The shifts in style hide the continuities in policy. Every president elected since 1988 has invested in economic growth by opening new markets, encouraging free trade, and keeping taxes low. Every president since 1988 has pursued an expansive foreign policy, including sanctions against “rogue regimes” and new deployments of American soldiers and sailors to distant societies. For all the partisan rancor, there has been little change in key domestic and foreign policies from one presidential administration to another.

We elect presidents on style, but they govern on substance. Unfortunately, the winning style is often not the right substance. Most presidents struggle in their first year to adjust from campaign mode to governing, which involves a major shift in focus. Generally, the policies in place have a logic and a momentum that are hard to change. The existing policies are often better on closer inspection than the alternatives promoted in campaigns.

The change in administrations is most meaningful in terms of priorities. Which programs will the new president champion? Which programs will he or she neglect? For foreign policy, which allies and adversaries will the new president prioritize? Which ones will he or she avoid?

The wisest presidents recognize that their governing powers are much more constrained than their campaign rhetoric allows. Once in office, they must choose carefully where to devote their time and energy. They must shoot for big achievements in a few areas, not fire wildly hoping to hit every possible target.

Presidential elections matter because they reorient national priorities. Style helps to define the issues most important to the candidate and the voters. After four years of George H.W. Bush’s foreign policy focus, Clinton brought fresh attention to what was then a stagnant American economy. George W. Bush also ran on economic issues, but he promised to emphasize growth above fairness. Bush, of course, made security a priority after Sept. 11, 2001, and especially during his reelection campaign in 2004. Obama sought to abandon war and focus yet again on domestic needs. Priorities shift with the times; they define presidential success or failure.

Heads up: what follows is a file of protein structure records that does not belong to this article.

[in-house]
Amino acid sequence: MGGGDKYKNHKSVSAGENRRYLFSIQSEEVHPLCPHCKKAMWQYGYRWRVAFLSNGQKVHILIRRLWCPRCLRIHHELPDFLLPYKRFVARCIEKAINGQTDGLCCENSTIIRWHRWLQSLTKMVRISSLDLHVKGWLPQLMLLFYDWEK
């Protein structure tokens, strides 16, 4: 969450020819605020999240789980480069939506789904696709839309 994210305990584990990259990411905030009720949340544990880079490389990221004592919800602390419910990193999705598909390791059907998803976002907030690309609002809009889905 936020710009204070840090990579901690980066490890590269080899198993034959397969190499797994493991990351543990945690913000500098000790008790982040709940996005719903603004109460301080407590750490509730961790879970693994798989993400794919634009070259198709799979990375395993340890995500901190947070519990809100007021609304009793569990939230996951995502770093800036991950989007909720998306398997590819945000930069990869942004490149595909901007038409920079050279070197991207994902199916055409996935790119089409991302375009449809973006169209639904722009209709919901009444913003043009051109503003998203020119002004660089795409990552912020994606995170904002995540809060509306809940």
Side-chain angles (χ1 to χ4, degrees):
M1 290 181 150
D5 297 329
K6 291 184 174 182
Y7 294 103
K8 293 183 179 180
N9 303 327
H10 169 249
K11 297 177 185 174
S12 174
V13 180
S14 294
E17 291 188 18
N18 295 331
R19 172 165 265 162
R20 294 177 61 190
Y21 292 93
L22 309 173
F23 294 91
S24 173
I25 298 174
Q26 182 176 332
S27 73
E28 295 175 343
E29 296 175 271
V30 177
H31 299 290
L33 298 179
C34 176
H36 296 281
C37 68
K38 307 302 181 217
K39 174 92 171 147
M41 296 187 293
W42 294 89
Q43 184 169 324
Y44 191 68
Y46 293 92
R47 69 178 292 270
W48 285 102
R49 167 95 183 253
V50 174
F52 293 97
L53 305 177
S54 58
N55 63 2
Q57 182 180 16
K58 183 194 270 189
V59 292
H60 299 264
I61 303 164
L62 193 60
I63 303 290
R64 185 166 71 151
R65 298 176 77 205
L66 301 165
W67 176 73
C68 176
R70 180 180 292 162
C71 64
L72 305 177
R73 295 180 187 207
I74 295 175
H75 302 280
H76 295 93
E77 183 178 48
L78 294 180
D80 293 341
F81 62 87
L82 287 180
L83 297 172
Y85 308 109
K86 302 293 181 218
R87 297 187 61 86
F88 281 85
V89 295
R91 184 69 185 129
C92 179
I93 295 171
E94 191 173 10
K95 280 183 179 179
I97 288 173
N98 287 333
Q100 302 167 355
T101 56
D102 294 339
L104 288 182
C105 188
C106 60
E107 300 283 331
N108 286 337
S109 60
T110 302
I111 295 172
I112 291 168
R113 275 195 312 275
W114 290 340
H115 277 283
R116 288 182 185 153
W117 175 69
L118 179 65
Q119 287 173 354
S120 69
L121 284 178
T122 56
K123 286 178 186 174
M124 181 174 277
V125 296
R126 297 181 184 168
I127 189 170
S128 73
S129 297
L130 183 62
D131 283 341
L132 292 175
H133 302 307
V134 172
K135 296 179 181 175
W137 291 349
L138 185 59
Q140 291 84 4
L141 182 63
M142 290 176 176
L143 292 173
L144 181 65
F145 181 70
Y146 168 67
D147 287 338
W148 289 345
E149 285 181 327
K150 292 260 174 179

This historical observation would serve us well as voters. We cannot avoid talking about a candidate’s style during the campaign season — it is on display every day in talk shows, debates and advertisements. We rarely hear many policy details, but we always have a chance to see how a candidate addresses a crowd, responds to a tough question or treats supporters on the street.

Instead of judging style in isolation, we should use it to assess the issues that make each candidate most and least comfortable. Which issues tug at the candidate’s heart? Which issues seem to elicit the most personal passion?

In the end, our democratic ritual will not produce a leader capable of doing all that we want. Our expectations are simply too high and our campaign rhetoric encourages an escalation of empty promises. Style, however, matters because it helps us to analyze which figure best matches what we see as the most important issues for the next four years. Elections are a time to articulate national priorities and find the right leaders for them.

In the 2016 election, the American people will have to summon the fortitude to examine candidates in this way. Otherwise, our elections will produce a president worthy only of our worst complaints. The presidency is the hardest job in the world — and choosing the president is often an ugly-but-necessary undertaking.

This article originally appeared in the Austin Statesman (11 October 2015).

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About Jeremi Suri
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Jeremi Suri holds the Mack Brown Distinguished Chair for Leadership in Global Affairs at the University of Texas at Austin. He is a professor in the University's Department of History and the Lyndon B. Johnson School of Public Affairs. Professor Suri is the author and editor of nine books on contemporary politics and foreign policy. Professor Suri's research and teaching have received numerous prizes. In 2007 Smithsonian Magazine named him one of America's "Top Young Innovators" in the Arts and Sciences. His writings appear widely in blogs and print media. Professor Suri is also a frequent public lecturer and guest on radio and television programs.